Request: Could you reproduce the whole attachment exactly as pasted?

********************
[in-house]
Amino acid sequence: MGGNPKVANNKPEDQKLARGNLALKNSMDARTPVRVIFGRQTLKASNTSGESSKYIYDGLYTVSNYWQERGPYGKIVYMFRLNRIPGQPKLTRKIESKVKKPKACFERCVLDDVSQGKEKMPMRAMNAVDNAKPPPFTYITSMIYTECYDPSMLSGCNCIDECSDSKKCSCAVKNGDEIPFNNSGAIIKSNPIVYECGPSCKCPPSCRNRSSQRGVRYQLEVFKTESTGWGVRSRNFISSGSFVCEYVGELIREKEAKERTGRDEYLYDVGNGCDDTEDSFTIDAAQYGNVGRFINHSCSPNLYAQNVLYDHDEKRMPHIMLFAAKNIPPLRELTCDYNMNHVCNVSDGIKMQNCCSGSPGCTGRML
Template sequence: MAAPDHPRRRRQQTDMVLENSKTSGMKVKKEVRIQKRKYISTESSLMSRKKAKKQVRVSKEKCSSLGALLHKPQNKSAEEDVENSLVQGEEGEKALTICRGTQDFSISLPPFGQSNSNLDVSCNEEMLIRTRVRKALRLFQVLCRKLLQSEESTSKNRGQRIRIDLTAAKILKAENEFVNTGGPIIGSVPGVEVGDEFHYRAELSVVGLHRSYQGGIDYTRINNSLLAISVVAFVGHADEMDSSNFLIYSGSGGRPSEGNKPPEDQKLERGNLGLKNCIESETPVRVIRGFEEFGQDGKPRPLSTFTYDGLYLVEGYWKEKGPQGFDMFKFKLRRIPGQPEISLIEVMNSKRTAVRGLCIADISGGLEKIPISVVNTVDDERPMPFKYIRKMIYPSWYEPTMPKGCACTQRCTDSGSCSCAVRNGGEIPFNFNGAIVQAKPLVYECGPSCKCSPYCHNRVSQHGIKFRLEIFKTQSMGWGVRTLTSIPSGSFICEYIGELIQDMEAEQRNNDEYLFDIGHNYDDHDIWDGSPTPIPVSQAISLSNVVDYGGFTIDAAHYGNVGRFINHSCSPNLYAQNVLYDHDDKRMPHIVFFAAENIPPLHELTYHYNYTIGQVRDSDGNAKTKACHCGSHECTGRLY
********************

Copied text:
[in-house]
Amino acid sequence: MGGNPKVANNKPEDQKLARGNLALKNSMDARTPVRVIFGRQTLKASNTSGESSKYIYDGLYTVSNYWQERGPYGKIVYMFRLNRIPGQPKLTRKIESKVKKPKACFERCVLDDVSQGKEKMPMRAMNAVDNAKPPPFTYITSMIYTECYDPSMLSGCNCIDECSDSKKCSCAVKNGDEIPFNNSGAIIKSNPIVYECGPSCKCPPSCRNRSSQRGVRYQLEVFKTESTGWGVRSRNFISSGSFVCEYVGELIREKEAKERTGRDEYLYDVGNGCDDTEDSFTIDAAQYGNVGRFINHSCSPNLYAQNVLYDHDEKRMPHIMLFAAKNIPPLRELTCDYNMNHVCNVSDGIKMQNCCSGSPGCTGRML
Template sequence: MAAPDHPRRRRQQTDMVLENSKTSGMKVKKEVRIQKRKYISTESSLMSRKKAKKQVRVSKEKCSSLGALLHKPQNKSAEEDVENSLVQGEEGEKALTICRGTQDFSISLPPFGQSNSNLDVSCNEEMLIRTRVRKALRLFQVLCRKLLQSEESTSKNRGQRIRIDLTAAKILKAENEFVNTGGPIIGSVPGVEVGDEFHYRAELSVVGLHRSYQGGIDYTRINNSLLAISVVAFVGHADEMDSSNFLIYSGSGGRPSEGNKPPEDQKLERGNLGLKNCIESETPVRVIRGFEEFGQDGKPRPLSTFTYDGLYLVEGYWKEKGPQGFDMFKFKLRRIPGQPEISLIEVMNSKRTAVRGLCIADISGGLEKIPISVVNTVDDERPMPFKYIRKMIYPSWYEPTMPKGCACTQRCTDSGSCSCAVRNGGEIPFNFNGAIVQAKPLVYECGPSCKCSPYCHNRVSQHGIKFRLEIFKTQSMGWGVRTLTSIPSGSFICEYIGELIQDMEAEQRNNDEYLFDIGHNYDDHDIWDGSPTPIPVSQAISLSNVVDYGGFTIDAAHYGNVGRFINHSCSPNLYAQNVLYDHDDKRMPHIVFFAAENIPPLHELTYHYNYTIGQVRDSDGNAKTKACHCGSHECTGRLY